How do you manage supply chain setbacks?

We know and have felt by now the effects of supply chain issues due to the pandemic. If you are in real estate, construction or manufacturing you may have seen an immediate difference between your 2019 revenue vs 2020 and 2021 revenues. How do you project costs and create budgets for 2023 based on the parabolas you’re seeing in supply and demand over the last few years?

This article shares ideas for budgeting and building in costs for project delays or canceled projects in the pipeline due to supply chain issues. You can also look for ways to reduce expenses or change up your depreciation method if projected revenue is down for 2022.


The first step to reacting to supply chain issues is to focus on budget adjustments. Where do we begin?

Start by working toward a more diversified supplier base. This includes running the numbers and coming up with two to three alternative budgets, one aiming high and one aiming low. The goal is to find a middle ground where a more flexible, cost-efficient set of suppliers can be quickly substituted for suppliers whose costs or lead times far exceed projected budgets.

Work with your suppliers to negotiate better deals and estimate cost savings on larger orders from your suppliers.

If you’re already stockpiling, you may need to add that into your future budgeting or material costs up front. This may also include building in a warehousing fee into your bid to cover those costs.

Project Costing

The second tier to your budgeting schedule should include project costing. Building in costs for project delays or canceled projects in the pipeline is recommended, especially with continued supply chain disruptions.

There are expenses which you may not expect to see a return on, for example, when a project is delayed or canceled.

Three tips we can suggest include:

  1. Having a backup plan for delayed or canceled projects due to supply chain issues
  2. Communicating openly as often as possible to ensure further expenses are not incurred a few hours, days or weeks after a project is already canceled and
  3. Taking a second look at past projects and expenses to identify cost savings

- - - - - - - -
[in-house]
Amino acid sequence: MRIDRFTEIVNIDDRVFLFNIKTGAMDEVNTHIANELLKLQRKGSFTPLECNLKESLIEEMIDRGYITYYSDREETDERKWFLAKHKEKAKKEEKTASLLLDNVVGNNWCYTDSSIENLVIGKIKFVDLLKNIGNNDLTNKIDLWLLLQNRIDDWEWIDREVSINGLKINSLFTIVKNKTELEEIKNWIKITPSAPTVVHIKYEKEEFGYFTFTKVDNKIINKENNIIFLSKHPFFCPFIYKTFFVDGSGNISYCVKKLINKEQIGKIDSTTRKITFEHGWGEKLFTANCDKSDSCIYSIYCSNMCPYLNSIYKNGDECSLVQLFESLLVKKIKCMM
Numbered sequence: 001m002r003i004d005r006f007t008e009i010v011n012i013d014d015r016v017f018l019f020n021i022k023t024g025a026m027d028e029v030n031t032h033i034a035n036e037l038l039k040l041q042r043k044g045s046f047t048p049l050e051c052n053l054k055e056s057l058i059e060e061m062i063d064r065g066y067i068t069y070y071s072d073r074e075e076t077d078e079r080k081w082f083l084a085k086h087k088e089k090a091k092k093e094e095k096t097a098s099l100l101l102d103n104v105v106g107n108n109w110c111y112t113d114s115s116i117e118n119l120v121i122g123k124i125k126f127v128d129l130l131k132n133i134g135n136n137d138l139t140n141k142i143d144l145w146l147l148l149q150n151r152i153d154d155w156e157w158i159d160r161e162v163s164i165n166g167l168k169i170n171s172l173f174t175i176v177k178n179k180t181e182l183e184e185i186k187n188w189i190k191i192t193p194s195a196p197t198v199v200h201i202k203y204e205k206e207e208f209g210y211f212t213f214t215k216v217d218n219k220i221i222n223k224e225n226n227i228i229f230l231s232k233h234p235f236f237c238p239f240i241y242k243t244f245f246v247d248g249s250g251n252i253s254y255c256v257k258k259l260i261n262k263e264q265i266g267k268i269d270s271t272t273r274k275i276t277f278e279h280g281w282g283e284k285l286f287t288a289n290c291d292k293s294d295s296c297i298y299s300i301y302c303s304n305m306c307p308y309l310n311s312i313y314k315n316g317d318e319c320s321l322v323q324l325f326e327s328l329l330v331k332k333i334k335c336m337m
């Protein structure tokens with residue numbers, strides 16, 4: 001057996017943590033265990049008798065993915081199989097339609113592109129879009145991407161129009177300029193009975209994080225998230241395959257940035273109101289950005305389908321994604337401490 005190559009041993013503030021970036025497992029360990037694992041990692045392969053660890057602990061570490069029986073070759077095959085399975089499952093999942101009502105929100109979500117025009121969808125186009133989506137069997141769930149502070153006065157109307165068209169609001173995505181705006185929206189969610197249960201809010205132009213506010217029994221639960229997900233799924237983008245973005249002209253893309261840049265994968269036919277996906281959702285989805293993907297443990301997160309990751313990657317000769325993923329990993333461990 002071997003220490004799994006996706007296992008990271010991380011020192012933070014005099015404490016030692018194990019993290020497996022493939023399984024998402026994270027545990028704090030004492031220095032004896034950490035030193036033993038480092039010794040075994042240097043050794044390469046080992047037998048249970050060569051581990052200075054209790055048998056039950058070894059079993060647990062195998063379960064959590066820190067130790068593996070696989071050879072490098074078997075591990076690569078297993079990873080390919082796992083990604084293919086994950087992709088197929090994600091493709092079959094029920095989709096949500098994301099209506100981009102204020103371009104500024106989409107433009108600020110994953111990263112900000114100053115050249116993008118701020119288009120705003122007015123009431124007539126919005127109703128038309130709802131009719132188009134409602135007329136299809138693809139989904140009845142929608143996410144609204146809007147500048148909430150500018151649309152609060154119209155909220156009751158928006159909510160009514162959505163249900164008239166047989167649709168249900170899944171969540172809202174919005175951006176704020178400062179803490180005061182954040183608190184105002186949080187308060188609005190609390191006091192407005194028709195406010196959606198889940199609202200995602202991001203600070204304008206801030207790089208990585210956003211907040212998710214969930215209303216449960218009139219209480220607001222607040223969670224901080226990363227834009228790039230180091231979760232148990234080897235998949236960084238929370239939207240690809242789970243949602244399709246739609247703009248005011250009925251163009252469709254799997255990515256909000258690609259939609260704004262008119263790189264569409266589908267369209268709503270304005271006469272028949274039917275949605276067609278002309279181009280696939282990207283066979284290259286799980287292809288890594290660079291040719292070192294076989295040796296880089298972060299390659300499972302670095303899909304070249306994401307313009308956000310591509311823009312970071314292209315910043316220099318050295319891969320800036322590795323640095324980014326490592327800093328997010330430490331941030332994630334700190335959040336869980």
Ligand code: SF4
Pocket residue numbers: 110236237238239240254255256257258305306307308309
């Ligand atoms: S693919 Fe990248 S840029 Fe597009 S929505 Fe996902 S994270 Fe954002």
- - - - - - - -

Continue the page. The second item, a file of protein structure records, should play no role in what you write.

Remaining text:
If you find you are frequently exceeding project costs or falling significantly below projected estimates, it may be time to re-evaluate your project costing, target projects and/or clients.

A Note About Change Orders: Change orders can lead to revenue loss if not analyzed with a fine-toothed comb. Make sure you are choosing subcontractors and materials that are most cost-efficient for you and the client. It is also of the utmost importance to do your research and ensure you are using the right methods and materials for the job to decrease your chances of additional losses due to change orders.

Factory Overhead Costs

Make sure your budget projections include new factory overhead costs. But also look for ways to reduce factory overhead costs to align with less revenue. For example, you may have allocated more resources to your HR department in 2021 compared with past years. You may have hired three new machinists in a pinch and allocated an additional 25% of each of their yearly salaries to a recruiting firm in order to acquire these highly specialized employees.

There are costs you may not realize should be included in your budget, but here are a few factory overhead costs you could anticipate, reduce or eliminate:

  • Office supplies – hand sanitizer, bathroom soap, paper towels, lunch room supplies
  • Extra payments to cleaning personnel (windows, bathrooms, restocking)
  • Building maintenance costs
  • Salaries for maintenance personnel
  • Rent increases
  • Equipment replacement as the end of their lifecycle is anticipated

Talk to your CPA if you have questions or need an additional set of eyes on your factory overhead cost projections.

Building and Equipment Depreciation

When there is a significant change in the pattern of the future economic benefits from an asset, then the method of tax basis depreciation or the useful life of book basis depreciation could be changed for the current year to reduce as many unpredictable fluctuations in business income as possible.

In a nutshell, if revenue is still looking good for 2022 despite supply chain issues, you may want to accelerate current year tax basis depreciation on certain assets, taking advantage of current tax laws. If  revenue is not looking as good, talk to your CPA about changing your method of depreciation.

Some asset purchases such as a fleet of vehicles depreciate faster within the first few years of use. Hold off on this purchase, if you can, when revenue is down. Or choose a different depreciation method for this asset that offers the most benefits for offsetting income.

If you have accelerated depreciation of real property via a cost segregation study, look for ways to leverage that depreciation by perhaps investing in building upgrades or new equipment.

If you are feeling the effects of supply chain setbacks, you’re not alone. Contact your Manufacturing or Construction & Real Estate advisory team here at Anglin Reichmann Armstrong for additional solutions.